Details of the turbine 3 of stovetop grill 1 are now provided while referring to FIGS. 6-8 of the drawings. As was previously described, the turbine 3 is supported at a single point (i.e., the pointed tip of the turbine shaft 24 that is received within the generally spherical turbine bushing 26 in the manner shown in FIG. 10). Therefore, the turbine 3 and the bushing 26 mated thereto are adapted to spin freely and with minimal friction around the axis that is established by the turbine shaft 24.

The turbine 3 is preferably formed from a thin sheet of metal. The turbine bushing 26 is press fit to the turbine 3 via a central hole (best shown in FIG. 8) therethrough such that the bushing 26 and turbine 3 are coaxially aligned. Nevertheless, it should be understood that the turbine bushing 26 may also be welded to the turbine 3 so as to receive therewithin the pointed tip of the turbine shaft 24, whereby the shaft 24 is coupled to the turbine 3 at the bushing 26 to permit the turbine 3 to rotate within the stovetop grill 1 during the cooking operation in a manner that will soon be described.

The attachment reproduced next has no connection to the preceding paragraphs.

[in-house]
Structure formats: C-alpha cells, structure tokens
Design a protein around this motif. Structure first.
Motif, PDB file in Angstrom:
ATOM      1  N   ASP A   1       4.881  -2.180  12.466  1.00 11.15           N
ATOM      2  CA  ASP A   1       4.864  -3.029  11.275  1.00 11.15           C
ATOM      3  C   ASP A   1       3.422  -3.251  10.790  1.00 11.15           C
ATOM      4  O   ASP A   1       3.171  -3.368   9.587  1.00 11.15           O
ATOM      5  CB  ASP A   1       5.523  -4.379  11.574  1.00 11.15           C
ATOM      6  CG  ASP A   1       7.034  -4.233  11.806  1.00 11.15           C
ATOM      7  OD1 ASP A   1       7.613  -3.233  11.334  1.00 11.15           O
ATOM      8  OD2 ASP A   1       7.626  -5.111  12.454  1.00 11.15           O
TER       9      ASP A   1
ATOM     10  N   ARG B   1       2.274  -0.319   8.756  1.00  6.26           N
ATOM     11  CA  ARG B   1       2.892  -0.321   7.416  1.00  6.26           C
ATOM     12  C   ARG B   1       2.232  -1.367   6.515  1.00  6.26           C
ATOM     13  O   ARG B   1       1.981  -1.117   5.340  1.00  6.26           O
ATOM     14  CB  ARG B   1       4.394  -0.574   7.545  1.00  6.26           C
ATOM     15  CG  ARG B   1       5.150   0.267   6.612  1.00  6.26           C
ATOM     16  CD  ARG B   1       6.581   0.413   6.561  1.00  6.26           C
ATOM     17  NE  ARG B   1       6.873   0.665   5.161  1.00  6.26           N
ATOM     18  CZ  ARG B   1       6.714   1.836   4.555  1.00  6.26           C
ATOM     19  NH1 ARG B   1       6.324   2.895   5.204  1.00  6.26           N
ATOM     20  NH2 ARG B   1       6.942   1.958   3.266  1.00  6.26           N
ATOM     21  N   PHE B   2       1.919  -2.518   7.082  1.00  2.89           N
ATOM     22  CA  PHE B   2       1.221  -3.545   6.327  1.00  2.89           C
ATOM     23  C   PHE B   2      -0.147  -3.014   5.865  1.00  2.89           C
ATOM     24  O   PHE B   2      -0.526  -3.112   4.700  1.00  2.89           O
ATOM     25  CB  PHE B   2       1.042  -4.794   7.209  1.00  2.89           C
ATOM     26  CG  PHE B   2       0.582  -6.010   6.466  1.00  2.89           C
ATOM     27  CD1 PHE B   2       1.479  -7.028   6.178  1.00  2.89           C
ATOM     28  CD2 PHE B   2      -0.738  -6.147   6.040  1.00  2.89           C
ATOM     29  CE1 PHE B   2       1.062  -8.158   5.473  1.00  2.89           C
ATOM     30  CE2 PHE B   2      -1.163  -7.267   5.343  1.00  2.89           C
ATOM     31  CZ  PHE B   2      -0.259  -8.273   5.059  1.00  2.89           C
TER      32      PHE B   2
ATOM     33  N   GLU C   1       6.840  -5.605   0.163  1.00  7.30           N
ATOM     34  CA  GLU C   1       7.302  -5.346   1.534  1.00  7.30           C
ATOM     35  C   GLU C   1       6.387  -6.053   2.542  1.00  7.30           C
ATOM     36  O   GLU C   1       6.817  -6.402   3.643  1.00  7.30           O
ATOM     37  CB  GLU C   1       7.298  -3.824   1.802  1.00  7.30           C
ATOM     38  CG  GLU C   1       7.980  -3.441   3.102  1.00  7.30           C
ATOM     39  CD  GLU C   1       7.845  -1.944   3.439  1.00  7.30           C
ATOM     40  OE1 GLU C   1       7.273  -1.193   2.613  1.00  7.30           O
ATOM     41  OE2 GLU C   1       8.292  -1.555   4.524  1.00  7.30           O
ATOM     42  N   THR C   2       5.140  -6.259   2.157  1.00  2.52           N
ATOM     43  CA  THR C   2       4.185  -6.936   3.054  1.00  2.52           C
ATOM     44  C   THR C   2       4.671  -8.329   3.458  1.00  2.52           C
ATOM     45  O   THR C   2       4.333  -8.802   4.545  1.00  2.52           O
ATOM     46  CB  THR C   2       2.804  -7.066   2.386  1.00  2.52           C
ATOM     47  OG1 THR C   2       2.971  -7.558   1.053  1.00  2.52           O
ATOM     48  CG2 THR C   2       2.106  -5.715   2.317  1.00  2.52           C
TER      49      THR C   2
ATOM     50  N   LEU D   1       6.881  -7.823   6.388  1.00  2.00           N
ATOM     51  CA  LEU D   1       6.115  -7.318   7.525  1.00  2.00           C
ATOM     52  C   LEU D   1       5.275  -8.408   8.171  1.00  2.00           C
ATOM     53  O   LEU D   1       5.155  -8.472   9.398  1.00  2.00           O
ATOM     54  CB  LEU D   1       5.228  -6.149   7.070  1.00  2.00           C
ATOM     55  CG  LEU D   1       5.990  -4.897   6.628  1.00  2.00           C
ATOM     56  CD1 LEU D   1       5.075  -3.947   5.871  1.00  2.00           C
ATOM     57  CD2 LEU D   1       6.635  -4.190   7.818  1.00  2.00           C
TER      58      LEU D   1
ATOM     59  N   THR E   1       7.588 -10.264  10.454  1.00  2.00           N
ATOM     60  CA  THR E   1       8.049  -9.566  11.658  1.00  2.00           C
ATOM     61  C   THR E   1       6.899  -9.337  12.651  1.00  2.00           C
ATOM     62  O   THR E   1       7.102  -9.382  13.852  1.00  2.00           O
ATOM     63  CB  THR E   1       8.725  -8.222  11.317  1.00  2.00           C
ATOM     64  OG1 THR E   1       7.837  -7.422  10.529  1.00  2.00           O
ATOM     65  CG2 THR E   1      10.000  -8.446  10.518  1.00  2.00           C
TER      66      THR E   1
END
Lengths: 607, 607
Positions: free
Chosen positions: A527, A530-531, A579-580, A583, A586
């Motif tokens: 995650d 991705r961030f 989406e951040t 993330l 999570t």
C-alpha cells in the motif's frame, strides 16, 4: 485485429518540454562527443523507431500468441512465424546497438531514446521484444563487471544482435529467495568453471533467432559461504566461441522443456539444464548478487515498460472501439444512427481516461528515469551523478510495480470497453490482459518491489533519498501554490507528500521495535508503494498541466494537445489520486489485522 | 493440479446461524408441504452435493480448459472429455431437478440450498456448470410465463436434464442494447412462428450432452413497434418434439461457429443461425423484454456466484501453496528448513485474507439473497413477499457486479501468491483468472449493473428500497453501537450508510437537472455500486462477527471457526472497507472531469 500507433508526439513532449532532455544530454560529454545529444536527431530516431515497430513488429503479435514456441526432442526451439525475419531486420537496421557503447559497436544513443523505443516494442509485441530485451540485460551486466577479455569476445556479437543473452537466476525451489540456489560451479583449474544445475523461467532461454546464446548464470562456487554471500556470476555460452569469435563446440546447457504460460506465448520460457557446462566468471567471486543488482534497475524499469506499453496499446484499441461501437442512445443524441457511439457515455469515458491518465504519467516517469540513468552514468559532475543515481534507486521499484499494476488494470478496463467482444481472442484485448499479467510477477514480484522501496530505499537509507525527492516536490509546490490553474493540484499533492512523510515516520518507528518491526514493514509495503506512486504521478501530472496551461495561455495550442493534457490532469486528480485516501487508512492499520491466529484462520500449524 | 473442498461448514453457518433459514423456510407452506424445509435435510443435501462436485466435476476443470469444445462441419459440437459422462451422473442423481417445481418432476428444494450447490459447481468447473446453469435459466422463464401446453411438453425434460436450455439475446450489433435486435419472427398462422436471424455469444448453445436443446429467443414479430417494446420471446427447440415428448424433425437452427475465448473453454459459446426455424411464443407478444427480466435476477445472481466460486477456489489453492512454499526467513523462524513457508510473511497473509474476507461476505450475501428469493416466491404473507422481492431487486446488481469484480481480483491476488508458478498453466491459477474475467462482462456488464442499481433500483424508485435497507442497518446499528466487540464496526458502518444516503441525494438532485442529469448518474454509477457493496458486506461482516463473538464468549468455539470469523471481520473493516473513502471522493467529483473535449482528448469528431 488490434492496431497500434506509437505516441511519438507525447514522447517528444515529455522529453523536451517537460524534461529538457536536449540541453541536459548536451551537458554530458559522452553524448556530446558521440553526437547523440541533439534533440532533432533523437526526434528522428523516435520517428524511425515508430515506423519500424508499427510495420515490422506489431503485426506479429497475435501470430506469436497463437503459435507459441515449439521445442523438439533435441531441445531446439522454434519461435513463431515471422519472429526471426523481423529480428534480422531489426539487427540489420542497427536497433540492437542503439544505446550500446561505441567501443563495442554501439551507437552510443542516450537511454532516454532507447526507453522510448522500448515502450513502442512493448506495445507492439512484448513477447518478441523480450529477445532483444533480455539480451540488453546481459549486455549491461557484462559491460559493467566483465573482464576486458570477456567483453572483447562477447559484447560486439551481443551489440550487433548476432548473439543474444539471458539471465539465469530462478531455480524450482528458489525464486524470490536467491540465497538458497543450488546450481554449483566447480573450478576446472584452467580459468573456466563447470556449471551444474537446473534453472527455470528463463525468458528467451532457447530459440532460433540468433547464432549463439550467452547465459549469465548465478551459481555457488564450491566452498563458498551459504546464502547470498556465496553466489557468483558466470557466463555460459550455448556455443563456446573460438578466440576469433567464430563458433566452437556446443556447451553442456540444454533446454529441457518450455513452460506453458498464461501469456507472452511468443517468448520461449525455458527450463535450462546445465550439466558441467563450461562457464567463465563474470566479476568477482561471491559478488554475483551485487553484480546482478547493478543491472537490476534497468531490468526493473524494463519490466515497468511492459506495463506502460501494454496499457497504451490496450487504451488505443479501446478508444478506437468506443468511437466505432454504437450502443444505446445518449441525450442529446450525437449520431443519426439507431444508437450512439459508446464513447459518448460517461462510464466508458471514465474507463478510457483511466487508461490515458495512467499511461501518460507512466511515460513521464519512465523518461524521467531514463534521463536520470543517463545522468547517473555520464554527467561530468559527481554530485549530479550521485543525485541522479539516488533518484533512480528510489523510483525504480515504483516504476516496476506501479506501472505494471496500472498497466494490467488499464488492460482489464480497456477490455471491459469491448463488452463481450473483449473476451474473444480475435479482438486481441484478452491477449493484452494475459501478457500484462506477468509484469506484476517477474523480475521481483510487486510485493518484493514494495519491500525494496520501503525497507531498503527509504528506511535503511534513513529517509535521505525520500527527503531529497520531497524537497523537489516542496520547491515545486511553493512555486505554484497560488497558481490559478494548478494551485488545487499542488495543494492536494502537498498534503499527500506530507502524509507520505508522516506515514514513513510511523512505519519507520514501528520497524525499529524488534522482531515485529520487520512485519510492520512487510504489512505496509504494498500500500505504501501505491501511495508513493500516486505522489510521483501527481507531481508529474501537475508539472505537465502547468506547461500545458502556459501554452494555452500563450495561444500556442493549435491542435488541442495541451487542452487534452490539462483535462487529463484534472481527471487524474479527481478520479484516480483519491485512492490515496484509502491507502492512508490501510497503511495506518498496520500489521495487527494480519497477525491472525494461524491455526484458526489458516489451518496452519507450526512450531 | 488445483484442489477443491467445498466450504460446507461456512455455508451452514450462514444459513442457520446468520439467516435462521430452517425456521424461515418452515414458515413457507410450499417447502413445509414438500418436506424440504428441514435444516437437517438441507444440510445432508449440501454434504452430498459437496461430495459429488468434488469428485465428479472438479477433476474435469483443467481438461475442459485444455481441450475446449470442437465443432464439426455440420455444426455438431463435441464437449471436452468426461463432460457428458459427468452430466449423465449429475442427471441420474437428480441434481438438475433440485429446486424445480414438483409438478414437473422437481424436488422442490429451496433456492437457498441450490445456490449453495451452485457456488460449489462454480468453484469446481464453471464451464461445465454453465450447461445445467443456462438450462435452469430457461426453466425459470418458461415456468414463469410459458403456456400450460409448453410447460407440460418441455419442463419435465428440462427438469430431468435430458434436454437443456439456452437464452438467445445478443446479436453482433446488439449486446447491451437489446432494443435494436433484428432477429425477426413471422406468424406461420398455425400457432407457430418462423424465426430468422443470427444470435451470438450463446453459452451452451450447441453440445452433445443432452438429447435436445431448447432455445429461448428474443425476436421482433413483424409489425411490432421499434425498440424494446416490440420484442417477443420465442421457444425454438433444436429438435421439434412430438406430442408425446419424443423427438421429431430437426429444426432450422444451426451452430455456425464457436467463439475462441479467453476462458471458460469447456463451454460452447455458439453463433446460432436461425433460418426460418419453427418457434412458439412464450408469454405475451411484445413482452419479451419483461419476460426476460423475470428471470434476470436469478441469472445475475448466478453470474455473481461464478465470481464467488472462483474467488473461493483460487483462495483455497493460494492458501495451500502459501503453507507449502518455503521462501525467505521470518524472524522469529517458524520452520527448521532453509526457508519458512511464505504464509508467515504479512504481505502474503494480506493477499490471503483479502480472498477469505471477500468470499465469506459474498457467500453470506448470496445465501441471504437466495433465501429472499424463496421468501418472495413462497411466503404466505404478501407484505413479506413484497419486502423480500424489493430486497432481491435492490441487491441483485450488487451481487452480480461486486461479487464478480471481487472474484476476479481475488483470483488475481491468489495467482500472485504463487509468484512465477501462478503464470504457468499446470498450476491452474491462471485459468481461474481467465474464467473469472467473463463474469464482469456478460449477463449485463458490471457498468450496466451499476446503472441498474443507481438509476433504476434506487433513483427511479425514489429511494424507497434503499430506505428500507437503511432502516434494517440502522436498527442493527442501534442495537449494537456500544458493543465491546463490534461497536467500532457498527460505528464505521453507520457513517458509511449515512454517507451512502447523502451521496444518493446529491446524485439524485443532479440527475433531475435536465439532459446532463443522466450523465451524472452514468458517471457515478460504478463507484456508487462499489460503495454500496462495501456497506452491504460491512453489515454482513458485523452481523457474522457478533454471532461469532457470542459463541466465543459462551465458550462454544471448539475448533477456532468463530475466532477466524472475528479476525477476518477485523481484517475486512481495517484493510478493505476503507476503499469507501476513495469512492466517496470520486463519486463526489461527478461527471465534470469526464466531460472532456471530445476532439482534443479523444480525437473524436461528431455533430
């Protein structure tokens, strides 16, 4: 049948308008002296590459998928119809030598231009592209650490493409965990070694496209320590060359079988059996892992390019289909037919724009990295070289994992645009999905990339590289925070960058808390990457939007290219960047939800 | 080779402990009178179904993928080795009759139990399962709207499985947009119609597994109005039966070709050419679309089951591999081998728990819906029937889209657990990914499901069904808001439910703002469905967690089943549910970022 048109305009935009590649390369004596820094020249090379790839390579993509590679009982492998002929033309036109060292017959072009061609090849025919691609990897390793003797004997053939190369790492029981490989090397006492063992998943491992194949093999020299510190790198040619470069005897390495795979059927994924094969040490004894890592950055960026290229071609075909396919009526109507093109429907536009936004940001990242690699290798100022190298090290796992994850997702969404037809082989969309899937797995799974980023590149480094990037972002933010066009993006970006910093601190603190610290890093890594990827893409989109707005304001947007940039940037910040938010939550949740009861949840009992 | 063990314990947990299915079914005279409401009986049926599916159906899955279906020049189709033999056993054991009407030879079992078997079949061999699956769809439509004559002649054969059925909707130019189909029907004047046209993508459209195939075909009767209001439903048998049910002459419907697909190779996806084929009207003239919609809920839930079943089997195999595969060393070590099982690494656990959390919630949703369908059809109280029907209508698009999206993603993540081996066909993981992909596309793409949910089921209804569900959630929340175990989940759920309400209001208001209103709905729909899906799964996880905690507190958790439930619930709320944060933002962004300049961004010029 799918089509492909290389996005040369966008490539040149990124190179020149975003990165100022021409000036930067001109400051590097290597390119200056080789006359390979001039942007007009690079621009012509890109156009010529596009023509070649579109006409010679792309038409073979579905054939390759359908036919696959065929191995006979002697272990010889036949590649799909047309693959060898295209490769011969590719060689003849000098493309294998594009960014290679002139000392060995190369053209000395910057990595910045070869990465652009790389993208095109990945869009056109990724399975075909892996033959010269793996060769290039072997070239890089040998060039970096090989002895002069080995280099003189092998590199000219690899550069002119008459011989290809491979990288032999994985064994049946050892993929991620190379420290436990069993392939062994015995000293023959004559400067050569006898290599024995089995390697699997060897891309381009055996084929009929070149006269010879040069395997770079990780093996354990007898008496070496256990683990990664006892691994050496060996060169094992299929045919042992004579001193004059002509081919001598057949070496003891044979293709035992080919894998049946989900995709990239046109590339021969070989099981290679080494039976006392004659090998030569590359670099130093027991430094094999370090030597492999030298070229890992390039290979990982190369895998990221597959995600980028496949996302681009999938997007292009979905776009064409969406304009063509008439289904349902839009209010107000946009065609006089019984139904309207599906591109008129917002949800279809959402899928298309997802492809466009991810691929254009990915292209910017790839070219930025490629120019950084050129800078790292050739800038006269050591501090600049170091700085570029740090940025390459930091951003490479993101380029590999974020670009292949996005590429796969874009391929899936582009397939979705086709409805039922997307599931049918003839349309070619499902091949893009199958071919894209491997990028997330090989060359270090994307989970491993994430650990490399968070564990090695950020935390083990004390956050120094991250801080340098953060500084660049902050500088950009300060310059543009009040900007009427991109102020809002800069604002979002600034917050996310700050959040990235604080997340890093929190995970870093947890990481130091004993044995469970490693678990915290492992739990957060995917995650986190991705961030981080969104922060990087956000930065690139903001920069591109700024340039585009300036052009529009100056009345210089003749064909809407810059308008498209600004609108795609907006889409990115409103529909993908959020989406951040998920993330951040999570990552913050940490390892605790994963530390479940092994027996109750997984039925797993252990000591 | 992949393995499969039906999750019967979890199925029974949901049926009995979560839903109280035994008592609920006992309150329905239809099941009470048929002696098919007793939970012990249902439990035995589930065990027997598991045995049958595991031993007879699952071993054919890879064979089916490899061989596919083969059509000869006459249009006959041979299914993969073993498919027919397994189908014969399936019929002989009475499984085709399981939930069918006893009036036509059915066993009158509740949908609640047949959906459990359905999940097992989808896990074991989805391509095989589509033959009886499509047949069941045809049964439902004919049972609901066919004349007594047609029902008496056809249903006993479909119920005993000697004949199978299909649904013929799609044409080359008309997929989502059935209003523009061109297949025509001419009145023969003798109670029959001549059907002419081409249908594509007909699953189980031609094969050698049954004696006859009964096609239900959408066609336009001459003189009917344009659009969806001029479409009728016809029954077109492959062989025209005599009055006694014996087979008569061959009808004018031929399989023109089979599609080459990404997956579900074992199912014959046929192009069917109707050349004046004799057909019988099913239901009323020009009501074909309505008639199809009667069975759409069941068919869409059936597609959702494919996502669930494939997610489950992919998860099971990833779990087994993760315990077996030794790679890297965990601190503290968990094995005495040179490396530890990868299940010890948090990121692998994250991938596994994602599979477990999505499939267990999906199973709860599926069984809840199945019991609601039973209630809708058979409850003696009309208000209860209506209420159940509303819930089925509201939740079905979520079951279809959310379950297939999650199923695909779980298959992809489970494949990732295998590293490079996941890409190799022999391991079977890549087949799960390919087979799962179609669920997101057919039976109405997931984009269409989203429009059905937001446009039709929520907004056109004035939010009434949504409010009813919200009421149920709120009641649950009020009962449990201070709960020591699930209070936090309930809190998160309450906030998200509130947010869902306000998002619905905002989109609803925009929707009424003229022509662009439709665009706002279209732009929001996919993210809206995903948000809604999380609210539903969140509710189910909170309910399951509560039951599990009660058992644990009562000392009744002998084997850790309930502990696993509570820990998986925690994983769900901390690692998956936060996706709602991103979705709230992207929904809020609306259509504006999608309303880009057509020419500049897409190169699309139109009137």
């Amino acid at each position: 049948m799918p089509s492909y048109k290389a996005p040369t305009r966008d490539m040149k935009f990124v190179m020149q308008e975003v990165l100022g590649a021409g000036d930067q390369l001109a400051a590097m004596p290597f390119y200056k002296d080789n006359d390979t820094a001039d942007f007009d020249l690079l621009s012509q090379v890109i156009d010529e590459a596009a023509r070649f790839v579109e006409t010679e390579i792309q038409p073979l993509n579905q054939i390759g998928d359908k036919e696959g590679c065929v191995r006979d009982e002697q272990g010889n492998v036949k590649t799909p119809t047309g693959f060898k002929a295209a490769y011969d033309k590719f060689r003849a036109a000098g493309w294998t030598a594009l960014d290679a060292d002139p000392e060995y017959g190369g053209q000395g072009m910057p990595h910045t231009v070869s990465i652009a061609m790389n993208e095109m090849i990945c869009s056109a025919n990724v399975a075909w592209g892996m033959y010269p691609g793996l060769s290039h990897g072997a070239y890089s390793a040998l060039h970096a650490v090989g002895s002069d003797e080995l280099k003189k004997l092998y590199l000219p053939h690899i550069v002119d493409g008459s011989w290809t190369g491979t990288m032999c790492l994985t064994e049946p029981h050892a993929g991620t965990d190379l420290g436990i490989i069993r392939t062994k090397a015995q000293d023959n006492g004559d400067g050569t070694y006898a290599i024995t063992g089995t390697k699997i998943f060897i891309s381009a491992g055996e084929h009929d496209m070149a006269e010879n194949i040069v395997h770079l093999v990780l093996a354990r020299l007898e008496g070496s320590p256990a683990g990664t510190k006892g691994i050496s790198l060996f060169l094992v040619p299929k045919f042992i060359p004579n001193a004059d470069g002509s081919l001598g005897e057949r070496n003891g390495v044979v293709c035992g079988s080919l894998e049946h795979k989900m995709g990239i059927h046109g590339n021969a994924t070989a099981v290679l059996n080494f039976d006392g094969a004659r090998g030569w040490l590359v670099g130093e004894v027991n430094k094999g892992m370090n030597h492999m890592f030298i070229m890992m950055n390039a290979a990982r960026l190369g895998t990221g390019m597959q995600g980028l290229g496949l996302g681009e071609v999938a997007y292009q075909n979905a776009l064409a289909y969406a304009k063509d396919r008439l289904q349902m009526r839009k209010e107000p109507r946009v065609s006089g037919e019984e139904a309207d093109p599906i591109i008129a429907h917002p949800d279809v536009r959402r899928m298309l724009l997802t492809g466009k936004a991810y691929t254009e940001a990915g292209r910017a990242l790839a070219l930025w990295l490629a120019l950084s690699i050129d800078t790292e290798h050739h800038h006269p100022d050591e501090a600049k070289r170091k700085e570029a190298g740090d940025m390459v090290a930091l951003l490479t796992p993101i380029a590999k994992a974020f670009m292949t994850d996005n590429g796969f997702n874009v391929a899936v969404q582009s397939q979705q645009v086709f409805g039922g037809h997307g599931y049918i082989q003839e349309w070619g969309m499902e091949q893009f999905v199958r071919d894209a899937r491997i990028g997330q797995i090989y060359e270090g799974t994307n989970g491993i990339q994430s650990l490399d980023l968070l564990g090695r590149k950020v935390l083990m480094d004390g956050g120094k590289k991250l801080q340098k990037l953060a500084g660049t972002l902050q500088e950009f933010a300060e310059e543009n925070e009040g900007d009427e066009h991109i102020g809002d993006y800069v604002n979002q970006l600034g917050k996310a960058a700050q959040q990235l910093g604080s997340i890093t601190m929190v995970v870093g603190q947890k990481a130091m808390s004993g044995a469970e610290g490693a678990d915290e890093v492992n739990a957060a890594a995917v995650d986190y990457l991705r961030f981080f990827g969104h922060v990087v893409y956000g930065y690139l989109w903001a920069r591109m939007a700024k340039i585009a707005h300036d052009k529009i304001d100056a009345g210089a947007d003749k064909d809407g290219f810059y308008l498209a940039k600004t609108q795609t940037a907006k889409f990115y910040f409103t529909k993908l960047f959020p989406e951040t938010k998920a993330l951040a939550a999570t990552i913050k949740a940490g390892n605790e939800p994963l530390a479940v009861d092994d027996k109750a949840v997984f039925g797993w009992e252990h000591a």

The turbine 3 has a disk-shaped body 38 that includes a series of relatively long propeller blades or fins 40 and a series of relatively short impeller blades or fins 42 that are punched from the turbine body 38 to create gas flow passages 44 therethrough. The impeller blades 42 extend around the outer periphery (i.e., circumference) of the turbine body 38, and the propeller blades 40 are spaced radially inward therefrom. As is best shown in FIGS. 6 and 7, propeller blades 40 are bent to extend over respective gas flow passages 44 to interact with gases flowing in a direction which is parallel to the axis of rotation established by the turbine shaft 24 (of FIG. 10). The impeller blades 42 stand upwardly from the turbine body 38 alongside respective gas flow passages 44 so as to divert the gases through gas flow passages 44 radially outward towards the side wall 9 of the stovetop grill in a direction which is perpendicular to the axis of rotation established by the turbine shaft 24. Although the propeller and impeller blades 40 and 42 are shown projecting from the top of the disk-shaped body 38 of turbine 3, such blades may also be located around the side of the body 38 (e.g., with short cylindrical or conical configurations).